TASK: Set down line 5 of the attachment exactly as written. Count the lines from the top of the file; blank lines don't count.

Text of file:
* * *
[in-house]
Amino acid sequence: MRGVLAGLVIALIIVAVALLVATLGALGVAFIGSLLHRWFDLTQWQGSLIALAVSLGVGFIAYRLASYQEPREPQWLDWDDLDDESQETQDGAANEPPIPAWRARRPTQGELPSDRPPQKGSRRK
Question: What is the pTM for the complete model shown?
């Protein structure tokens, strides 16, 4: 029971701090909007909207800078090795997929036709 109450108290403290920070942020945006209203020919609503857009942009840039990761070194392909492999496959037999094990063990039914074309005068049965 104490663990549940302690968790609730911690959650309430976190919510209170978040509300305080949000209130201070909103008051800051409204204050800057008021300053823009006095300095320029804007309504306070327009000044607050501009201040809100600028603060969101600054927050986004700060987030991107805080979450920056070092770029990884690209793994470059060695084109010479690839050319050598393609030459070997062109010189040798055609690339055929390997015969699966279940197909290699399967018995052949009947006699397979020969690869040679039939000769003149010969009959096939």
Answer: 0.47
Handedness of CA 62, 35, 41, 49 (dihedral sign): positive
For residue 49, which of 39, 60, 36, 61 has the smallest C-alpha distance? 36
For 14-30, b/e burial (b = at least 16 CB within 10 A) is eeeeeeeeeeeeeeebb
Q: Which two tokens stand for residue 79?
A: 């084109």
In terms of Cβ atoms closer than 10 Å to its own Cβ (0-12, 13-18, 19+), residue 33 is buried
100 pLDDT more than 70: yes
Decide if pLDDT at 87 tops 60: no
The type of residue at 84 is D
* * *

Answer: 0.47